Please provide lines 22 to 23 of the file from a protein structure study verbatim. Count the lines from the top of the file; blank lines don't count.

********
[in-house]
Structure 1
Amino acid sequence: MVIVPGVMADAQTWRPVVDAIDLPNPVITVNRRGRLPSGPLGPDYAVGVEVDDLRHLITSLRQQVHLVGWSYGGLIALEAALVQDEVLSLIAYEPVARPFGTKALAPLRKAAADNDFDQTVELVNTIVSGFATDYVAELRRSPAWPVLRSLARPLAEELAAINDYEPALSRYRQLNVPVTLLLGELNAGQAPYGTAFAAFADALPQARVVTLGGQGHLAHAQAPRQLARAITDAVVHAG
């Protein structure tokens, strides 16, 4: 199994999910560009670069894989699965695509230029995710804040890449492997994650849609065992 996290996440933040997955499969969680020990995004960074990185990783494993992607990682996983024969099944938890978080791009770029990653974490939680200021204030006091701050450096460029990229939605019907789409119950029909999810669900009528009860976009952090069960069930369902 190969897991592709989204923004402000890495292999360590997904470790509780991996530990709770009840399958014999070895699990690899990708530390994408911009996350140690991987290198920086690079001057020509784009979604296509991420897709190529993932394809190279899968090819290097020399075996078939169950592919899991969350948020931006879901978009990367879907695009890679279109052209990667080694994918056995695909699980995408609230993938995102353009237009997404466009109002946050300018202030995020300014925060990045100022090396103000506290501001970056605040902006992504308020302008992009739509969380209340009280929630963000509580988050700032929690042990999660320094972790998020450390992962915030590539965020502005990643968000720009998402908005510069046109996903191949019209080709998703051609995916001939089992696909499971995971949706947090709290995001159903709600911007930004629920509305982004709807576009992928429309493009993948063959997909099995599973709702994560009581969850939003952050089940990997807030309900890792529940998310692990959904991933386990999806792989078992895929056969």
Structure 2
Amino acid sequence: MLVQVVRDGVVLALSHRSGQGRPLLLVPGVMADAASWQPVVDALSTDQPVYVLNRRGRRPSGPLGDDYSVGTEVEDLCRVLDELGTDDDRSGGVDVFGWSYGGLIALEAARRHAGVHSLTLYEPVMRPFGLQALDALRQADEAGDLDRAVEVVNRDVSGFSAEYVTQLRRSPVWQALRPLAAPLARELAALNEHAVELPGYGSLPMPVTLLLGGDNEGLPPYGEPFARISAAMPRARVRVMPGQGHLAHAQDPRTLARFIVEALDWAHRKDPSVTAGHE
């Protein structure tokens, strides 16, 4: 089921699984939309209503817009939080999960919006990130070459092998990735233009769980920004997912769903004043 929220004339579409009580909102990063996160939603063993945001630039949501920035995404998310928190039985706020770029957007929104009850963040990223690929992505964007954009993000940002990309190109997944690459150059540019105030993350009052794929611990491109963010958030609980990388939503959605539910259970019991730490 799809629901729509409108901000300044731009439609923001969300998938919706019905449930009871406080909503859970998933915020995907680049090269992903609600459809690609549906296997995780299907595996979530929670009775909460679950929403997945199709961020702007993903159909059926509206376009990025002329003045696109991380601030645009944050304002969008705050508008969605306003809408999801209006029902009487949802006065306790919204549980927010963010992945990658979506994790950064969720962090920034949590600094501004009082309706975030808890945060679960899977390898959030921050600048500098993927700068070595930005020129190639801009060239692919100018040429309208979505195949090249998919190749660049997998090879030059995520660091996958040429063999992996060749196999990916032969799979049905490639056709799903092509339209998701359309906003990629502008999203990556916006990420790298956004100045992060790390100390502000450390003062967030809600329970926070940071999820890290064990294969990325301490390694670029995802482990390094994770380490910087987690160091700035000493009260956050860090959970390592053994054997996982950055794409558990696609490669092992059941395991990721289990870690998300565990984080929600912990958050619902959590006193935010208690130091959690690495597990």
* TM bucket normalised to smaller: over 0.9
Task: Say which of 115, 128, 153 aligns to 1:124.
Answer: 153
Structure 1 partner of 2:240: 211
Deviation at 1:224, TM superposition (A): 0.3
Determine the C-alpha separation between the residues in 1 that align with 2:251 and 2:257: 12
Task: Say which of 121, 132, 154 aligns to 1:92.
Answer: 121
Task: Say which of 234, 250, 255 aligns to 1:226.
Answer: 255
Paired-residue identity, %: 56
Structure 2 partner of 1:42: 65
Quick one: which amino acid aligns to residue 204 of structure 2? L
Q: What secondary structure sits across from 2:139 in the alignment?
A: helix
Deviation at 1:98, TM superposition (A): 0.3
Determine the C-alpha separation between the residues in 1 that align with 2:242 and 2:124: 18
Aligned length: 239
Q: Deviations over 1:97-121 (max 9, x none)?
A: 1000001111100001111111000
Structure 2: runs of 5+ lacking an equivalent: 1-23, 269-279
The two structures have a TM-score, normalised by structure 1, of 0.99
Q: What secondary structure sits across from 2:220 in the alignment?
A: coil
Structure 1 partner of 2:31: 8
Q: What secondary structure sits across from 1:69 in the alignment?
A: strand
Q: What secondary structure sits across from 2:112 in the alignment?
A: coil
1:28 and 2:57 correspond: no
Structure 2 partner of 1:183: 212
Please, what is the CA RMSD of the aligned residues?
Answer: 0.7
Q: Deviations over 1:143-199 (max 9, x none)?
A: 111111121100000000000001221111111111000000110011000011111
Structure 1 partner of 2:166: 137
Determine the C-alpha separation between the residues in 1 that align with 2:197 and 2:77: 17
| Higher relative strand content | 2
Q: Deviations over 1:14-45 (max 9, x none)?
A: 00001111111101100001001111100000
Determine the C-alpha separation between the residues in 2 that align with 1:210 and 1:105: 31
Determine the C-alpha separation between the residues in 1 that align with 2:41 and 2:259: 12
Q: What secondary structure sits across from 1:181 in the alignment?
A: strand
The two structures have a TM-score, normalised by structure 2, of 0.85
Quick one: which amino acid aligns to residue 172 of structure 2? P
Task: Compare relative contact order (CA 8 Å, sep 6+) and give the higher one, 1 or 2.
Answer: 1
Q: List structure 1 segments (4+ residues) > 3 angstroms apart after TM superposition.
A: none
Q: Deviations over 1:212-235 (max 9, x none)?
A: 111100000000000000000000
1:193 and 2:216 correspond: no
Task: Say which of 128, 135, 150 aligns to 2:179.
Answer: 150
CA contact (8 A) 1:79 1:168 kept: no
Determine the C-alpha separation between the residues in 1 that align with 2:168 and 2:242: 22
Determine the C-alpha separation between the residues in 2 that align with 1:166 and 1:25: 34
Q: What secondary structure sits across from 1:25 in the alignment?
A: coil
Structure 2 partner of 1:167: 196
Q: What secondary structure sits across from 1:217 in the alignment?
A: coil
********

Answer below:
A: helix
Deviation at 1:98, TM superposition (A): 0.3